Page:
We summarized continuous variables as medians with interquartile ranges (IQR) or mean ± standard deviation unless otherwise indicated. Shapiro-Wilk test was conducted to assess whether continuous variables follow normal distribution. Levene’s test was used to analyze the homogeneity of variance. Age, hemoglobin, albumin and blood bicarbonate ions were normally distributed and homogeneous variables, but the other variables were not. ANOVA analysis and Student’s t test were performed in normally distributed and homogeneous data among the three groups with different disease severities as well as between survivors and non-survivors respectively. Otherwise, Kruskal-Wallis test and the Mann-Whitney-Wilcoxon test were applied where appropriate. One-way ANOVA with repeated measures were performed in longitudinal variables with normal distribution and post-hoc analysis with Bonferroni correction was used when significant differences were observed. Friedman test with a post hoc option was used to analyze longitudinal data with abnormal distribution. Categorical variables were expressed as percentages and compared by chi-square test or Fisher exact test. Univariate logistic regression and multivariate logistic regression were performed to investigate association of independently variables with disease severity. A two-sided α of less than 0.05 was considered statistically significant. Statistical analyses were done with SPSS software (version 22.0.) and GraphPad Prism 6.


Clinical characteristics, baseline laboratory findings, and treatments of COVID-19 patients

Three hundred seventeen adult patients were enrolled in this retrospective study, and serum inflammatory parameters levels were measured within 24 h of admission. Ninety-three patients were classified as moderate, 167 as severe, and 57 as critically ill. As of March 13, 2020, 40 (12.6%) patients eventually died of COVID-19. As shown in Table 1 and Table S1 (see Additional file 1), of these 317 patients, the median age was 62.0 years (IQR 51.0–70.0), with approximately equal numbers of males (51.1%) and females. More than half of the patients had underlying comorbidities, with hypertension (39.1%) being the most common comorbidity followed by diabetes (19.9%). The most common symptoms at disease onset were fever (89.6%) and cough (75.7%), followed by shortness of breath (47.3%). The most frequent laboratory abnormalities noted were lymphopenia, hypoalbuminemia, thrombocytopenia, elevated blood bicarbonate ions, increased urea nitrogen, and creatinine in critically ill patients.

Table 1 Clinical characteristics and baseline laboratory findings of patients infected with SARS-CoV-2

With regard to treatment during course of hospitalization, systematic corticosteroid use differed significantly among the three groups. Oxygen support was most frequently used in the critically ill patients. There were significant differences in terms with age, prevalence of chest tightness, and respiratory rate between critically ill and moderate patients. Nearly all laboratory findings (except hemoglobin) and treatment options (except antivirals) differed markedly between critically ill and moderate patients. Difference in prevalence of chest tightness, laboratory findings (including white blood cell count, neutrophil count, albumin, blood bicarbonate ions, and blood creatinine) and treatment (except antivirals) were noted between severe patients and critically ill patients (Table 1 and Table S1 in Additional file 1).

Clinical characteristics, baseline laboratory findings, and treatment of patients with available data on serial cytokines, LDH, hsCRP, and hsCRP/L measurement were shown in Table 2 and Table S2 (see Additional file 1).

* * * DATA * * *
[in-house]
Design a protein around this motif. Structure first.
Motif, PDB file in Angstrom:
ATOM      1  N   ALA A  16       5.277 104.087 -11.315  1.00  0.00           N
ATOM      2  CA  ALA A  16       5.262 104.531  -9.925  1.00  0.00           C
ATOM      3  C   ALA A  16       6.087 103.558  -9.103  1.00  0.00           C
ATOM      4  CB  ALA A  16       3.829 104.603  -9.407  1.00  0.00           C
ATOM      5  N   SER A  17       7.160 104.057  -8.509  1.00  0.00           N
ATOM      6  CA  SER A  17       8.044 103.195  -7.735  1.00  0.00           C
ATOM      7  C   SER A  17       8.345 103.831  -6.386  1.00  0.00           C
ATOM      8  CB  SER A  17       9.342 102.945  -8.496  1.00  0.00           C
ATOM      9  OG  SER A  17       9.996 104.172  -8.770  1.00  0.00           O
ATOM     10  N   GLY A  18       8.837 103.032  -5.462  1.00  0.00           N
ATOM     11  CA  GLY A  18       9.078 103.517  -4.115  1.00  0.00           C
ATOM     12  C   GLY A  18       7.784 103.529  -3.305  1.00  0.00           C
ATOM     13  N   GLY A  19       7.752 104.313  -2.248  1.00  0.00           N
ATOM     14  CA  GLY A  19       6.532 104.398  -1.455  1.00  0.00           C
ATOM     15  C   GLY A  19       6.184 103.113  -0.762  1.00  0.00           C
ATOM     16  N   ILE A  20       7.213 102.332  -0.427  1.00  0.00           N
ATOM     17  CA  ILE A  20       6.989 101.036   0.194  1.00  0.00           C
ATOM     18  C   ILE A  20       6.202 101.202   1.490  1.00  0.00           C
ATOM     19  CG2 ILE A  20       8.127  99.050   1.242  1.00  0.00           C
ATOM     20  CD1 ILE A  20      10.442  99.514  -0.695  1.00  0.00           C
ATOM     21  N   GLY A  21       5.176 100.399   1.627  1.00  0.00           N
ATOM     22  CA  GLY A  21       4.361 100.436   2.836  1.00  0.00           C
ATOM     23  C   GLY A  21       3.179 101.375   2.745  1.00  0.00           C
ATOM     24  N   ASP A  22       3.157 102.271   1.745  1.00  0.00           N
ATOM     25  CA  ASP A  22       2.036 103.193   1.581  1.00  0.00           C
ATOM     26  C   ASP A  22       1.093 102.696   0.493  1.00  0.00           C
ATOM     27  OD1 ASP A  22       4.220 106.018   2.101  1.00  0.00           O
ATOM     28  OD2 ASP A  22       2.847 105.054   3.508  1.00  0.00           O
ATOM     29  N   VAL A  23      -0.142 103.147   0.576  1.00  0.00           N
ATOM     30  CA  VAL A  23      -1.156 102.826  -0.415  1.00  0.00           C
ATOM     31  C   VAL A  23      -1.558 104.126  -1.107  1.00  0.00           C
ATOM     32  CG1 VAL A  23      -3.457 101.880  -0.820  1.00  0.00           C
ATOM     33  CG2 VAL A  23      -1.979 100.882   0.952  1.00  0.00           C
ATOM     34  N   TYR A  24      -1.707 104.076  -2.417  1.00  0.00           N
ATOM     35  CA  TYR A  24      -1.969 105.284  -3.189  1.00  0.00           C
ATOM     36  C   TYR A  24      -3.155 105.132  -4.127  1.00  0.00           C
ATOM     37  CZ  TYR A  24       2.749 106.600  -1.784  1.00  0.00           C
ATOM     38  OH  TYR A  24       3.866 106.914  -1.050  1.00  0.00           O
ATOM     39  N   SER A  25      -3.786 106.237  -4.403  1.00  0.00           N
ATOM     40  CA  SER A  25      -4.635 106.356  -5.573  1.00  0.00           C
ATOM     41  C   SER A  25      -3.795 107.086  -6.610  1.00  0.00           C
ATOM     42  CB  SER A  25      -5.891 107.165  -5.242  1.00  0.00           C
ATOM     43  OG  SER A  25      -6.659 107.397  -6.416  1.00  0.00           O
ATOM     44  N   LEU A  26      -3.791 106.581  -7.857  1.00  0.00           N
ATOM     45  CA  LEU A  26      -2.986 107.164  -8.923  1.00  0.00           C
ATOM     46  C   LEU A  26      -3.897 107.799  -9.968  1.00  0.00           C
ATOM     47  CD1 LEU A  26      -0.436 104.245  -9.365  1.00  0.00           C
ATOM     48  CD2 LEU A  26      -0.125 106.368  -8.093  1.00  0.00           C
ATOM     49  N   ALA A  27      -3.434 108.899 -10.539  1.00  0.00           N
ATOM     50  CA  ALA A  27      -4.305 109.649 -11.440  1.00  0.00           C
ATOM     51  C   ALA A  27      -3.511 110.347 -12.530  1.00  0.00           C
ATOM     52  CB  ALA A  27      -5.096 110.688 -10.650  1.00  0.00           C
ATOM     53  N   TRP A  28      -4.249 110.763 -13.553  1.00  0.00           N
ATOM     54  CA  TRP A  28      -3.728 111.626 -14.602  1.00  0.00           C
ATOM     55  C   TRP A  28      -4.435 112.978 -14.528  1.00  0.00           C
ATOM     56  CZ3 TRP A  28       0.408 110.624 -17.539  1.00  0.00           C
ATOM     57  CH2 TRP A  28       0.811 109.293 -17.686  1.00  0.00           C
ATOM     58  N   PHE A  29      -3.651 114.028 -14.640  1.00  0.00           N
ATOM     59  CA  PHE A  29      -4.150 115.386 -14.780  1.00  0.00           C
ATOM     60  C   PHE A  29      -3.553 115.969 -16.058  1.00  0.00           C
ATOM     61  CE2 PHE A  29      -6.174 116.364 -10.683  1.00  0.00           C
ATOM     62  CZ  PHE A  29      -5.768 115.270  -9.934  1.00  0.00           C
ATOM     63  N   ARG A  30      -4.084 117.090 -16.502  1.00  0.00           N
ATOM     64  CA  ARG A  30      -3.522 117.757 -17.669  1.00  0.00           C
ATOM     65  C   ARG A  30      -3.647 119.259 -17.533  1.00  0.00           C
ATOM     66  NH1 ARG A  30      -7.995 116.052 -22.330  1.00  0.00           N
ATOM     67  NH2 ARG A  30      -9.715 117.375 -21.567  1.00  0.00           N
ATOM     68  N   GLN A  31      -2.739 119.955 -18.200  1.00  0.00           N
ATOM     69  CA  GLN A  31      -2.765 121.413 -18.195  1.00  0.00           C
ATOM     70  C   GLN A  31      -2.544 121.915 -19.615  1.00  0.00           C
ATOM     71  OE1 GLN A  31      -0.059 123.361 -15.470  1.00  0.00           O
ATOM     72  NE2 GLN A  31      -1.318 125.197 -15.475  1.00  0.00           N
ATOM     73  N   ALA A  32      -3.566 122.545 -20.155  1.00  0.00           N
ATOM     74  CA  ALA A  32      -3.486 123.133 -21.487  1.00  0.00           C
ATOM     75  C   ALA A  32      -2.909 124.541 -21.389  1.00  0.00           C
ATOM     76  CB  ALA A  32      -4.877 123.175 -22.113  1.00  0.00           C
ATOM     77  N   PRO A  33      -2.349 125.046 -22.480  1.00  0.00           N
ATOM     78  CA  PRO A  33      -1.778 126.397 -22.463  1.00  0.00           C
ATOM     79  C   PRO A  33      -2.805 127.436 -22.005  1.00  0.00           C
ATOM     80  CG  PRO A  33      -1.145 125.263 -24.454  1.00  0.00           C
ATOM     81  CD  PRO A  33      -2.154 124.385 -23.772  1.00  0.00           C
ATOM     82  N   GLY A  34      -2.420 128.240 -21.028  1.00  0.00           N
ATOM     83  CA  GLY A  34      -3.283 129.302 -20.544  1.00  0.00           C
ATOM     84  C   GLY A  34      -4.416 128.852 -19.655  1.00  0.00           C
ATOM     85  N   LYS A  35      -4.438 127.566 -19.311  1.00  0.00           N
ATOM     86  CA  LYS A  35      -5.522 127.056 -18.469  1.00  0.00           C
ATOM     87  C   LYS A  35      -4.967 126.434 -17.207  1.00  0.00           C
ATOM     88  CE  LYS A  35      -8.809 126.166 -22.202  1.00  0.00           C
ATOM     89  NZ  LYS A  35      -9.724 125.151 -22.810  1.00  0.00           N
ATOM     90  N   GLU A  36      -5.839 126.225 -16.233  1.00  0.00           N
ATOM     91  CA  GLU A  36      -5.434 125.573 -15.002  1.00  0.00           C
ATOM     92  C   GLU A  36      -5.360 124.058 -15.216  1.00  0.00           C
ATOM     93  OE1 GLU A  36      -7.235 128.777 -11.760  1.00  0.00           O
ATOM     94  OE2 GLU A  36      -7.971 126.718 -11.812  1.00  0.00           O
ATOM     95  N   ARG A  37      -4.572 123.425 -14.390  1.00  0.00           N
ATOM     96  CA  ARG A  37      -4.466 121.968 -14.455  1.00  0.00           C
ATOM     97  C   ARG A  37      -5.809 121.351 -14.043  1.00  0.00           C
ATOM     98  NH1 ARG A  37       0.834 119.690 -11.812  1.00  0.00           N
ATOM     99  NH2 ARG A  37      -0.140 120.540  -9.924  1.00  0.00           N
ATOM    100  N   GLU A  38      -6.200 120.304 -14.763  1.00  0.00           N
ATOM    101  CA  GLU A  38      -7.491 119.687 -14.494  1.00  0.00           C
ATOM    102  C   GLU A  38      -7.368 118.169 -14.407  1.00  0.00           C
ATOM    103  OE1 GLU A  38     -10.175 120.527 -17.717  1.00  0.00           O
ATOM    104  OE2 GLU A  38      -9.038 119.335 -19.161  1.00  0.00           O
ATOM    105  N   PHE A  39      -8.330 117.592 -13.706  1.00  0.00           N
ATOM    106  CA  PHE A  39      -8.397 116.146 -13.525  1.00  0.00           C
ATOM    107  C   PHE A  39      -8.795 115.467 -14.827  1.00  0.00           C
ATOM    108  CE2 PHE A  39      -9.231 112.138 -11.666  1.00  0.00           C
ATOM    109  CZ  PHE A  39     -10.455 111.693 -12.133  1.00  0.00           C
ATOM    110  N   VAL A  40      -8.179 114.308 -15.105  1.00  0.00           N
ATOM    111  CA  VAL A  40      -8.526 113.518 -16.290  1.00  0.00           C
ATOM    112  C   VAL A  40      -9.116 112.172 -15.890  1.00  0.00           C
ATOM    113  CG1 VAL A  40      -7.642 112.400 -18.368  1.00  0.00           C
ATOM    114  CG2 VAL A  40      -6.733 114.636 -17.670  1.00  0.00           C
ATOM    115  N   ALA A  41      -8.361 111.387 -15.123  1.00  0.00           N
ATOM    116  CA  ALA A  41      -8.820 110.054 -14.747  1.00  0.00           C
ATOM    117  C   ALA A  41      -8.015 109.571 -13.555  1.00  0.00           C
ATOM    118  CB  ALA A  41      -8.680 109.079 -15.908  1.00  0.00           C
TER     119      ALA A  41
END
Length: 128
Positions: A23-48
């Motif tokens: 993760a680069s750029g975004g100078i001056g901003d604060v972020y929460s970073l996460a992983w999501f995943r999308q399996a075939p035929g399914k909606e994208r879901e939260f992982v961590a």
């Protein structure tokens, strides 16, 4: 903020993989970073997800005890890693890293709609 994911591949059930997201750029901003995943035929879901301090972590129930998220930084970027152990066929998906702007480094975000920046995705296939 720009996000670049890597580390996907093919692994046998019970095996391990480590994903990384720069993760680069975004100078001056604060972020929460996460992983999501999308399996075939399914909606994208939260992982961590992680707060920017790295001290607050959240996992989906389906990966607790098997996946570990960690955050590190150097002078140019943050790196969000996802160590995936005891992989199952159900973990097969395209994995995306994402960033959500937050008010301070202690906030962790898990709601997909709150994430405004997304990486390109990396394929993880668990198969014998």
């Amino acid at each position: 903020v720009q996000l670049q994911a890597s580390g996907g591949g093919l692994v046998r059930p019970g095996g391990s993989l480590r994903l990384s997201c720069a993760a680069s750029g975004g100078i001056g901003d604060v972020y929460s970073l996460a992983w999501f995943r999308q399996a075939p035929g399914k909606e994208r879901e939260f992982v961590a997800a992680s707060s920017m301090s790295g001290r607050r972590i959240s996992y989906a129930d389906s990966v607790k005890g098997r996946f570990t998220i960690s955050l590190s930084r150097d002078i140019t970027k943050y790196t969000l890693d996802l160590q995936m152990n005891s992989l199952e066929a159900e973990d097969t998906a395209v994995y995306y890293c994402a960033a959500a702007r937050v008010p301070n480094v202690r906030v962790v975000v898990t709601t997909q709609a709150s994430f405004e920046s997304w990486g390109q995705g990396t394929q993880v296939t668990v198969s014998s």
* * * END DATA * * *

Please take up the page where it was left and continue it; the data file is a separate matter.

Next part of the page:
Table 2 Baseline laboratory findings of survivors and deceased patients with serial changes of inflammatory parameters

Levels of inflammatory parameters in the serum among moderate, severe, and critically ill patients

The serum concentrations of common inflammatory makers and cytokines, including sIL-2R, IL-6, IL-8, IL-10, TNF-α, PCT, Fer, LDH, hsCRP, and hsCRP/L were measured in moderate, severe, and critically ill patients. The levels of inflammatory parameters were elevated in the serum of critically ill patients compared with moderate and severe cases (Table 1). When compared to severe patients, moderate patients also showed lower levels of inflammatory makers, except for IL-10 (Table 1). These findings indicated that elevated levels of inflammatory markers were associated with disease severity.

Longitudinal changes of inflammatory parameters in COVID-19 patients with different disease severity

Subgroup patients with available data on longitudinal cytokines, LDH, hsCRP, and hsCRP/L measurement were analyzed to investigate their serial changes with respect to disease severity. Levels of cytokines, LDH, hsCRP, and hsCRP/L at three time points were collected and presented. The first time point (day 0) was their baseline concentrations within 24 h of admission. The third one (day 20) was the levels of these inflammatory parameters measured before discharge or death roughly on hospital day 20 (ranging from day 15–25). The second time point (day 10) was the levels of these inflammatory parameters roughly on hospital day 10 (ranging from day 5–15). Compared to both moderate and severe patients, critically ill patients showed significant increase in serum concentrations of sIL-2R, IL-6, IL-8, TNF-α, LDH, hsCRP, and hsCRP/L during the course of hospitalization. Both severe and critically ill patients showed markedly increased IL-10 levels on hospital day 10 as compared to moderate cases, whereas only critically ill patients had sustained high levels of IL-10 throughout the disease course (Fig. 1d). After receiving medical treatment, both moderate and severe patients showed a gradual decrease in pro-inflammatory cytokines, LDH, hsCRP, and hsCRP/L levels during hospitalization (Fig. 1). It is also intriguing to note that IL-10 concentrations elevated on day 10 in the beginning and then decreased to the minimum thereafter in severe patients (Fig. 1d). In contrast, there was an upward trend of these inflammatory makers in critically ill cases, despite no statistical difference (Fig. 1).